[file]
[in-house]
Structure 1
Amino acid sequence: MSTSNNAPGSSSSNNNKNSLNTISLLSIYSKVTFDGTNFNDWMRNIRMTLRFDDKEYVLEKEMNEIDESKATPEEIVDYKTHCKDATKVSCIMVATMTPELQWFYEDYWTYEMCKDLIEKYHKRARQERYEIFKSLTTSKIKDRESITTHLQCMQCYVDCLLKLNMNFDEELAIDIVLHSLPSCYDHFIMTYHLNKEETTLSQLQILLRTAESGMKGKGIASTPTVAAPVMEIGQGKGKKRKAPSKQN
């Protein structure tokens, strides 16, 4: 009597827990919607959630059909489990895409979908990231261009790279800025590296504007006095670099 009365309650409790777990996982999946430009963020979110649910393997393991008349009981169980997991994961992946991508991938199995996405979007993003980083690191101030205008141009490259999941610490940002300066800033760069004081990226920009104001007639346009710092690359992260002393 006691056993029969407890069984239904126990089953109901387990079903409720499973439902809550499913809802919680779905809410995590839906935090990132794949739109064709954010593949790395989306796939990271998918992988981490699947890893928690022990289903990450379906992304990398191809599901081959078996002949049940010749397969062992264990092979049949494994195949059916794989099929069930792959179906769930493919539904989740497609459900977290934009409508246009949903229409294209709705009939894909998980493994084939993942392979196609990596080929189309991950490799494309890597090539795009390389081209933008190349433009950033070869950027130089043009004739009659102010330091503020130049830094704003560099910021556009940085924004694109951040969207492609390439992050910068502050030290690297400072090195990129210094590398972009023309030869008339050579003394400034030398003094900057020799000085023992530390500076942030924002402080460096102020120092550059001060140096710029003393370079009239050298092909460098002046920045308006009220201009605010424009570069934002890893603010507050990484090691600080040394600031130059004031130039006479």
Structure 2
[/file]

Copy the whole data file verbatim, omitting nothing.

[in-house]
Structure 1
Amino acid sequence: MSTSNNAPGSSSSNNNKNSLNTISLLSIYSKVTFDGTNFNDWMRNIRMTLRFDDKEYVLEKEMNEIDESKATPEEIVDYKTHCKDATKVSCIMVATMTPELQWFYEDYWTYEMCKDLIEKYHKRARQERYEIFKSLTTSKIKDRESITTHLQCMQCYVDCLLKLNMNFDEELAIDIVLHSLPSCYDHFIMTYHLNKEETTLSQLQILLRTAESGMKGKGIASTPTVAAPVMEIGQGKGKKRKAPSKQN
């Protein structure tokens, strides 16, 4: 009597827990919607959630059909489990895409979908990231261009790279800025590296504007006095670099 009365309650409790777990996982999946430009963020979110649910393997393991008349009981169980997991994961992946991508991938199995996405979007993003980083690191101030205008141009490259999941610490940002300066800033760069004081990226920009104001007639346009710092690359992260002393 006691056993029969407890069984239904126990089953109901387990079903409720499973439902809550499913809802919680779905809410995590839906935090990132794949739109064709954010593949790395989306796939990271998918992988981490699947890893928690022990289903990450379906992304990398191809599901081959078996002949049940010749397969062992264990092979049949494994195949059916794989099929069930792959179906769930493919539904989740497609459900977290934009409508246009949903229409294209709705009939894909998980493994084939993942392979196609990596080929189309991950490799494309890597090539795009390389081209933008190349433009950033070869950027130089043009004739009659102010330091503020130049830094704003560099910021556009940085924004694109951040969207492609390439992050910068502050030290690297400072090195990129210094590398972009023309030869008339050579003394400034030398003094900057020799000085023992530390500076942030924002402080460096102020120092550059001060140096710029003393370079009239050298092909460098002046920045308006009220201009605010424009570069934002890893603010507050990484090691600080040394600031130059004031130039006479």
Structure 2